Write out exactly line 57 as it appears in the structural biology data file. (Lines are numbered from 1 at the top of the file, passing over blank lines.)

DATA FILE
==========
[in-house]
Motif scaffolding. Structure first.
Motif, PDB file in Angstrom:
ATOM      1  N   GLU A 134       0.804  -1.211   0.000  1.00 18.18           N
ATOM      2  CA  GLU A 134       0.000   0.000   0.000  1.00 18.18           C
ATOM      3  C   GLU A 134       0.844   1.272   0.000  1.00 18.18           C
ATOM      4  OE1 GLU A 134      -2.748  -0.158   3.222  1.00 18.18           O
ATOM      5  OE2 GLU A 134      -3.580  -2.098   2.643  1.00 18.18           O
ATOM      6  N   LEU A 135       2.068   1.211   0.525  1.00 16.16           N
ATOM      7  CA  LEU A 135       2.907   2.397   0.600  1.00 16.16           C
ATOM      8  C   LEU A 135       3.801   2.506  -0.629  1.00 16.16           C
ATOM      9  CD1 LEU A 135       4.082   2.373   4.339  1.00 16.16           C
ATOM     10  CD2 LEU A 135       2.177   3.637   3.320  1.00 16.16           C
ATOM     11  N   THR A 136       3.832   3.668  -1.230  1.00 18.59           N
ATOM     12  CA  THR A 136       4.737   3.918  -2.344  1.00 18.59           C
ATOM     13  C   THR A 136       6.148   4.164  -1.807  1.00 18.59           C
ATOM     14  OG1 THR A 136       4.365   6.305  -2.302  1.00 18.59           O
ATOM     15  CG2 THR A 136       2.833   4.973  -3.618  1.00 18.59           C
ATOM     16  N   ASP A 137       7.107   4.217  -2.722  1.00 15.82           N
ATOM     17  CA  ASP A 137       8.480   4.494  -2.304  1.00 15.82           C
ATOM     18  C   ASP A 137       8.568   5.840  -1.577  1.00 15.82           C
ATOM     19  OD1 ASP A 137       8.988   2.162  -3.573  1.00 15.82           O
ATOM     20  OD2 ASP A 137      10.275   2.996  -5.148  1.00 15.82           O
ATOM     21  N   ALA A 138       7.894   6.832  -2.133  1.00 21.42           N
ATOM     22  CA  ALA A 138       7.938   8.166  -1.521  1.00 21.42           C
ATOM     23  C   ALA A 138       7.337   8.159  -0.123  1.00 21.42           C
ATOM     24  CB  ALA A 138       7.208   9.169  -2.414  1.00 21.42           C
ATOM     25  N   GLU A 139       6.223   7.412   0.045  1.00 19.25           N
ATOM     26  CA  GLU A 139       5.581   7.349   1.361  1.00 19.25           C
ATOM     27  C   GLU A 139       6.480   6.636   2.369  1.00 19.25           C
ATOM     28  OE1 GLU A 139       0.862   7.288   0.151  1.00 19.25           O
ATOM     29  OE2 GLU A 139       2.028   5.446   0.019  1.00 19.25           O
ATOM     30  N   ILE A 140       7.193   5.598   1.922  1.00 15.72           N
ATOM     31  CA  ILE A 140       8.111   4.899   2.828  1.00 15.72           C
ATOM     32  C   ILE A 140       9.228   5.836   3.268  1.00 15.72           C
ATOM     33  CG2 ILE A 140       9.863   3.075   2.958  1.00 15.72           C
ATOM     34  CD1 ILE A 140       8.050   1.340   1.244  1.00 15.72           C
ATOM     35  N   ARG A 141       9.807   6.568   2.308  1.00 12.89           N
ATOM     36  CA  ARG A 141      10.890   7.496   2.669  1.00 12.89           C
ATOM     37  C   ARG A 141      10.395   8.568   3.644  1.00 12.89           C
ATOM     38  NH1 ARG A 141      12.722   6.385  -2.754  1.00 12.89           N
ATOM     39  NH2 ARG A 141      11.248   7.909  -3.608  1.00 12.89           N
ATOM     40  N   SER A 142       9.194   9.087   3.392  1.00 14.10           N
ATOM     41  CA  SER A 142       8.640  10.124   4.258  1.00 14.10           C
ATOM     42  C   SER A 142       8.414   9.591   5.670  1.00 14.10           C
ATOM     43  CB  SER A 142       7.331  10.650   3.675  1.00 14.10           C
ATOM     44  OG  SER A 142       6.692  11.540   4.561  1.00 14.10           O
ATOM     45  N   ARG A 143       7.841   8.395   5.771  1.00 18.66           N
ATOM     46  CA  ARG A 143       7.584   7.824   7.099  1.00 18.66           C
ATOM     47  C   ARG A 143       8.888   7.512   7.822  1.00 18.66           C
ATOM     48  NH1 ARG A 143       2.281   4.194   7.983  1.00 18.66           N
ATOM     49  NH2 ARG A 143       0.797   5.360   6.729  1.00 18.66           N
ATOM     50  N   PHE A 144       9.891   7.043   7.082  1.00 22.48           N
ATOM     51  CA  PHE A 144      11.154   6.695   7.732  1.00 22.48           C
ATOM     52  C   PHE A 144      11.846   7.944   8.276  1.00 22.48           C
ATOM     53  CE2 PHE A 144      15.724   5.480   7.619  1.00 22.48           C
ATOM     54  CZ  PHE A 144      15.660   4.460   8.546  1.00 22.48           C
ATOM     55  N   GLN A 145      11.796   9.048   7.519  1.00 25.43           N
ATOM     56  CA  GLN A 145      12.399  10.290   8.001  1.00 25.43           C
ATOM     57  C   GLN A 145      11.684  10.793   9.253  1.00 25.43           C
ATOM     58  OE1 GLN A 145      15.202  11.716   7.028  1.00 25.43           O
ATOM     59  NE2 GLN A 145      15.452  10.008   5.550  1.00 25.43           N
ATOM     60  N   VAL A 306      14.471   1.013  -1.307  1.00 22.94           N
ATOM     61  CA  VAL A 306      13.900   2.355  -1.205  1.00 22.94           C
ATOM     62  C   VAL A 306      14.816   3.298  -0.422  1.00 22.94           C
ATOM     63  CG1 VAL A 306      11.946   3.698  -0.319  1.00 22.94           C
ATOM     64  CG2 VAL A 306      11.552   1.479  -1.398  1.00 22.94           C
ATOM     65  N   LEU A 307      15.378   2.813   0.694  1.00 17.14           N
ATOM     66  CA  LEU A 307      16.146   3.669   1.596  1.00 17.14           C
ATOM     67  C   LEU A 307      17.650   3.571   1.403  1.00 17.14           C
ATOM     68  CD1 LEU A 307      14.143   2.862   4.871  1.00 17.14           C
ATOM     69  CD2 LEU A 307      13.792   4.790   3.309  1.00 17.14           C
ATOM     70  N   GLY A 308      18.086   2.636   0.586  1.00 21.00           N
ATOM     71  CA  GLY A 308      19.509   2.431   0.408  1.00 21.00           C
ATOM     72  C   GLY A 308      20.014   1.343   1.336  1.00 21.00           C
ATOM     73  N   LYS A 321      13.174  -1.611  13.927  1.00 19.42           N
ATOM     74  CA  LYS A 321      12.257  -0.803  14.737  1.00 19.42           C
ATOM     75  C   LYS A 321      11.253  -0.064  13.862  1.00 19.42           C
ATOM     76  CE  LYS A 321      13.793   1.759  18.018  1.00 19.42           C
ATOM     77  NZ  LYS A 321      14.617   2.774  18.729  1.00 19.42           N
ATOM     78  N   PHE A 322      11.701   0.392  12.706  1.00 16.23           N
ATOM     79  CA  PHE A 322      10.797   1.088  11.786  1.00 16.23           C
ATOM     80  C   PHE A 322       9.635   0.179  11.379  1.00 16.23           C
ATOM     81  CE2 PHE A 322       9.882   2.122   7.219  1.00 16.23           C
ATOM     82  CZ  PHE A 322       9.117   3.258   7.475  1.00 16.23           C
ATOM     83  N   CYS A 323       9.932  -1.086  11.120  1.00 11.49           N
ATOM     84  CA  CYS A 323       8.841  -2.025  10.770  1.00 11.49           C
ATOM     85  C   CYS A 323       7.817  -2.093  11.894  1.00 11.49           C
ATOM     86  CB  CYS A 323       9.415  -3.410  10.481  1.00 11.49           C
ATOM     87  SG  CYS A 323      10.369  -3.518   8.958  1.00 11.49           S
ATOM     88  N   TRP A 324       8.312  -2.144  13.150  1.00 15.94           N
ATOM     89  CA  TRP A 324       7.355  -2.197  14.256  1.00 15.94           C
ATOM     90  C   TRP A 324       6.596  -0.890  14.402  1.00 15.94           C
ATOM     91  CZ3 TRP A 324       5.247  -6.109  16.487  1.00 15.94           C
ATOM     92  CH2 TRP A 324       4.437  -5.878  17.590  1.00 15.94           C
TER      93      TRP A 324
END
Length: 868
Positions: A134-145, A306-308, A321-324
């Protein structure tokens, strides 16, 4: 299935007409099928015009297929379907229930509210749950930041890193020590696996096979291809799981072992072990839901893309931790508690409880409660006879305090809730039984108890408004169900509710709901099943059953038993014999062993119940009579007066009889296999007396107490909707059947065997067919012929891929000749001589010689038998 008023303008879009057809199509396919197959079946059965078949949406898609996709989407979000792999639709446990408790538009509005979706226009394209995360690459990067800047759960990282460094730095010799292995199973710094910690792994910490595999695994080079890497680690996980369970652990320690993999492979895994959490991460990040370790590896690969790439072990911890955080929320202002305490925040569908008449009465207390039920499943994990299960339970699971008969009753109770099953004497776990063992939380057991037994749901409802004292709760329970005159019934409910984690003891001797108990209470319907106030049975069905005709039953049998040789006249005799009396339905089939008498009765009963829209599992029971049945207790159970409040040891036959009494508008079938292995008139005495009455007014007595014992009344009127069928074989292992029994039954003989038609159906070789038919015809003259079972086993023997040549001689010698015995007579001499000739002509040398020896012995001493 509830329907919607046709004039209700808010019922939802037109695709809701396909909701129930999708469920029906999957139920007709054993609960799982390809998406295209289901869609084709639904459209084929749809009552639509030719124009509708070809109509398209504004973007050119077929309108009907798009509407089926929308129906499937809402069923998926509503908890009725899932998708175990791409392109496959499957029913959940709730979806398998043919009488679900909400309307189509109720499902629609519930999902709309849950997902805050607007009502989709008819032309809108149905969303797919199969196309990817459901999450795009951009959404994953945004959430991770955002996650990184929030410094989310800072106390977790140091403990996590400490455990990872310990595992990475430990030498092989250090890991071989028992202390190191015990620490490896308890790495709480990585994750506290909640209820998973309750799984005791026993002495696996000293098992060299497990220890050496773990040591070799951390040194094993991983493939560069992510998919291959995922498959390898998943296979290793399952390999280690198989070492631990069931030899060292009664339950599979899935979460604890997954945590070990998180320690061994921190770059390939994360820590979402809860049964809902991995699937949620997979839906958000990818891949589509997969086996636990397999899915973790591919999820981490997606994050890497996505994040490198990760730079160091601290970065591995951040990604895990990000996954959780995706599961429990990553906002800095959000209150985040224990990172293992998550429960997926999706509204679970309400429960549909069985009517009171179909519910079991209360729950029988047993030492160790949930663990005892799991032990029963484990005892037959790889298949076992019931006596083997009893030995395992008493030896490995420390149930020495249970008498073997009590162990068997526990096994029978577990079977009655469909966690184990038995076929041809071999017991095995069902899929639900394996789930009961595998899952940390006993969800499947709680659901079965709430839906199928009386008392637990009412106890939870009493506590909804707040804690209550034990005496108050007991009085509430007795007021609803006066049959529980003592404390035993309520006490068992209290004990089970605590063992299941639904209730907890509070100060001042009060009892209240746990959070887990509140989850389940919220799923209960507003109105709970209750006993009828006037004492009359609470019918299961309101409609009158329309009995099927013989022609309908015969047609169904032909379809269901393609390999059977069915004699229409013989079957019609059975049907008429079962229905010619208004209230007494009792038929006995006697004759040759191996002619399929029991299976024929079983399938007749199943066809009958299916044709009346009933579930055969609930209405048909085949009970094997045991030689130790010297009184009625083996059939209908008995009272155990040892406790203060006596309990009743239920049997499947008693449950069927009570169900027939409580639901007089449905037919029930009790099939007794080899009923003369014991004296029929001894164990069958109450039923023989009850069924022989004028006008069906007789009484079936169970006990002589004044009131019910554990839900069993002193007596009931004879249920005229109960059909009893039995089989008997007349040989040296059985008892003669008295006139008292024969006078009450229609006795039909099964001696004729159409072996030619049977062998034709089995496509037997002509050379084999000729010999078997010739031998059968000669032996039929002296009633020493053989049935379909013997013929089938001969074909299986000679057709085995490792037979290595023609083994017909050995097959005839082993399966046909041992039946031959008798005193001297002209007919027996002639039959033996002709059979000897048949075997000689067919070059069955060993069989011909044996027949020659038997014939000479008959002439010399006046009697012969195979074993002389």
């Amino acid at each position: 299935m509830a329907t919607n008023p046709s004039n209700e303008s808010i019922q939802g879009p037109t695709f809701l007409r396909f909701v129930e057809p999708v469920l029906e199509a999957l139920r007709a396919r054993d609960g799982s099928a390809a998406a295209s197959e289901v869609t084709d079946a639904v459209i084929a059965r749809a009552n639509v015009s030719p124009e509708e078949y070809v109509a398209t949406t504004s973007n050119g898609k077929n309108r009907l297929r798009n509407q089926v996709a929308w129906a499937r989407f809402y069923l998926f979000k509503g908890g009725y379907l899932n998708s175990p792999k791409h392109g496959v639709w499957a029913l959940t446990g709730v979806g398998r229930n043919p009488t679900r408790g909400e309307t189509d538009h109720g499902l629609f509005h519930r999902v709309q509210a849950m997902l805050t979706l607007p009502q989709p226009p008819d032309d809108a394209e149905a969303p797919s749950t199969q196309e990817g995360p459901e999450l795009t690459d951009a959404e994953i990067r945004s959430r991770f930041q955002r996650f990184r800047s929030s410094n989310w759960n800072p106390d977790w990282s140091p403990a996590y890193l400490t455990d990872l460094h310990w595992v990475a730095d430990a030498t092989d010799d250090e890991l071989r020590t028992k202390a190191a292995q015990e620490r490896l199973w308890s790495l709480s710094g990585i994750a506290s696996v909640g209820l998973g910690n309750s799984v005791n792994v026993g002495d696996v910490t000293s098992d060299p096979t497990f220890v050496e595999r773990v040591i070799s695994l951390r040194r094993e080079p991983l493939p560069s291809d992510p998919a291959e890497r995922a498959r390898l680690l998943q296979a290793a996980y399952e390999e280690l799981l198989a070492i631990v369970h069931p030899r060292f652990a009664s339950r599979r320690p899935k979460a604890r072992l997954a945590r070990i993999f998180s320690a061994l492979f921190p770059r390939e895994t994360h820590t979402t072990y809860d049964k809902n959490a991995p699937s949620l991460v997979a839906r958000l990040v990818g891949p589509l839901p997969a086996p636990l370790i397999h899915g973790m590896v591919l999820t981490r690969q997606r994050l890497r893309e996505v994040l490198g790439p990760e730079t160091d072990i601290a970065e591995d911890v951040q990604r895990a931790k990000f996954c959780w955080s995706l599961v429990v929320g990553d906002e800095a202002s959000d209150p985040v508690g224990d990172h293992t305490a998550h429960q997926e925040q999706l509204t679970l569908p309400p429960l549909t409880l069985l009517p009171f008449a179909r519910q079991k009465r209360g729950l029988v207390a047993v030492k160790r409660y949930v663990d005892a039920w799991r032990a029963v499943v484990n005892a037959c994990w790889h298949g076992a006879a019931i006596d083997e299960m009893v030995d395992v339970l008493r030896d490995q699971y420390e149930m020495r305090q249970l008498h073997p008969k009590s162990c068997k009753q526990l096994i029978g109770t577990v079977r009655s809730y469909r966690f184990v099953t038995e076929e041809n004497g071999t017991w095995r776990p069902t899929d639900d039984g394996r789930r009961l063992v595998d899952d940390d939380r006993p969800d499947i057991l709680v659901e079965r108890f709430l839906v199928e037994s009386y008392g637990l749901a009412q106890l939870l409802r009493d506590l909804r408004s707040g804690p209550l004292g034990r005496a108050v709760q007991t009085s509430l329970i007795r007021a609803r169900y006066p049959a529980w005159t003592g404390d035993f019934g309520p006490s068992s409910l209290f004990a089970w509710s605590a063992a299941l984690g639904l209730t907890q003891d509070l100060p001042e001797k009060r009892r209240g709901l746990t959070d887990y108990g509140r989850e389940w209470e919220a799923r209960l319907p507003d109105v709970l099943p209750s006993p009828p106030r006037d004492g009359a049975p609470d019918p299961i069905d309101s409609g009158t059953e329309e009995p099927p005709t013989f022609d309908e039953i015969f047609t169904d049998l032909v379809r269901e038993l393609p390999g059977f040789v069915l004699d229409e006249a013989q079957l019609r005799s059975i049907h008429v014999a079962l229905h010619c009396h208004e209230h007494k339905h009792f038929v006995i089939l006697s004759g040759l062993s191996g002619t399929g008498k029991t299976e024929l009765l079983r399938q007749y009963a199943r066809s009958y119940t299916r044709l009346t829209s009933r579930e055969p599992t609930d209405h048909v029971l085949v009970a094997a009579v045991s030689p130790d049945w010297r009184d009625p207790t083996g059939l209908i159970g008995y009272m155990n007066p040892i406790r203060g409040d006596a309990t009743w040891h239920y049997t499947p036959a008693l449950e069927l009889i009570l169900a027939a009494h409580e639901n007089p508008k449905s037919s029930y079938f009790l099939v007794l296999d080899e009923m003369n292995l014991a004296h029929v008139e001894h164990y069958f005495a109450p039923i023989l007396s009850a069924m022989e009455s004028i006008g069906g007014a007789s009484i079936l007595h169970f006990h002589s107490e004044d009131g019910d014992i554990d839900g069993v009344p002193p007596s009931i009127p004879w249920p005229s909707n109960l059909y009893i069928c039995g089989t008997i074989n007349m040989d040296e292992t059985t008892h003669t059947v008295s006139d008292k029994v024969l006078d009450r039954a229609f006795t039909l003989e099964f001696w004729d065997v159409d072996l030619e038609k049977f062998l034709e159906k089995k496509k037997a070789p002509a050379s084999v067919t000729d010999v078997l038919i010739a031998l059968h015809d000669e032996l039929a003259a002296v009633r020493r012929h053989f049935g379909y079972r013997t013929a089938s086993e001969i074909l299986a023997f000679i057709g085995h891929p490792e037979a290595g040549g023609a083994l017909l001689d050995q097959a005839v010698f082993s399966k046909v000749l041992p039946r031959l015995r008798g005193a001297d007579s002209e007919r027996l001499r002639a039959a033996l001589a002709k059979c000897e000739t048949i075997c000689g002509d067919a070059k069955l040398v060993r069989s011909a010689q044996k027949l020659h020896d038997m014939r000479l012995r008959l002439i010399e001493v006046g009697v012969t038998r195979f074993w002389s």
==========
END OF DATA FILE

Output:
ATOM     54  CZ  PHE A 144      15.660   4.460   8.546  1.00 22.48           C